It’s “email” not “e-mail”

English is an ever-changing language and sometimes it is hard to keep up with the changes for acceptable usage; especially for writers and academics. The Associated Press is one of the standards for correct usage, and through its AP Stylebook, the AP constantly issues updates to English words and phrases for the United States.

One recent change was “email”. Most of us have spelled it with a hyphen (e-mail), but according to the AP Stylebook Online, you should no longer insert that hyphen in “email”. The recent press release from AP explains it:

email Acceptable in all references for electronic mail. Many email or Internet addresses use symbols such as the at symbol (@), or the tilde (~) that cannot be transmitted correctly by some computers. When needed, spell them out and provide an explanatory editor’s note. Use a hyphen with other e- terms: e-book, e-business, e-commerce.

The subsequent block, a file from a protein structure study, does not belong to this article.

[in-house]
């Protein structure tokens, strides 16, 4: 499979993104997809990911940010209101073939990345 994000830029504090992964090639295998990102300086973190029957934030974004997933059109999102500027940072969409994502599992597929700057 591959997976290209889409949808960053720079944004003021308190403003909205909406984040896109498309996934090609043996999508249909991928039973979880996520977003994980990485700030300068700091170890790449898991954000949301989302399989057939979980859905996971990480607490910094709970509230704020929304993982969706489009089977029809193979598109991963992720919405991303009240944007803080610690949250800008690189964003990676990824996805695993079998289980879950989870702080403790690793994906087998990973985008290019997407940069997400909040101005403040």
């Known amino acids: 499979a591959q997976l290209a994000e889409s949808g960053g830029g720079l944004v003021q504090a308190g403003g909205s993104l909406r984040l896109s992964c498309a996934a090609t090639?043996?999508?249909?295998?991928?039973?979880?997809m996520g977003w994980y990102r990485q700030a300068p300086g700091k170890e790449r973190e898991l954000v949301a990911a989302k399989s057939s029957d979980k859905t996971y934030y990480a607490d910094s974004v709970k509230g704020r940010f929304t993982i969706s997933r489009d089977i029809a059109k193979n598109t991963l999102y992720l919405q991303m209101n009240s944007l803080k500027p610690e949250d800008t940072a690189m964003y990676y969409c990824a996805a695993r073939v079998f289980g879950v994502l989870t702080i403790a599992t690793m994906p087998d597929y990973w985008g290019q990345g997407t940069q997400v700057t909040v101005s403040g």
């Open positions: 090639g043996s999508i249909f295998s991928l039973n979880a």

If you do a lot of writing and/or editing, it would be beneficial to sign up with the AP Stylebook Online to keep apprised of all of the changes in English usage and spelling.

If you need assistance with your writing, editing, book proposals, or academic submissions, make sure to contact the writers and editors at Writing It Right For You.

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Pamela Hilliard Owens

CEO/Head Writer and Editor at The Writing It Right For You Companies
Pamela Hilliard Owens, M.Ed. is the founder, CEO, and Head Writer/Editor/Publisher/Marketer for three global companies headquartered at the Green Garage in Detroit, Michigan: Writing It Right For You (, Detroit Ink Publishing (, and Your Business Your Brand Creatively ( She works with her husband, award-winning writer and journalist and musician, Keith A. Owens (
Here I Am!

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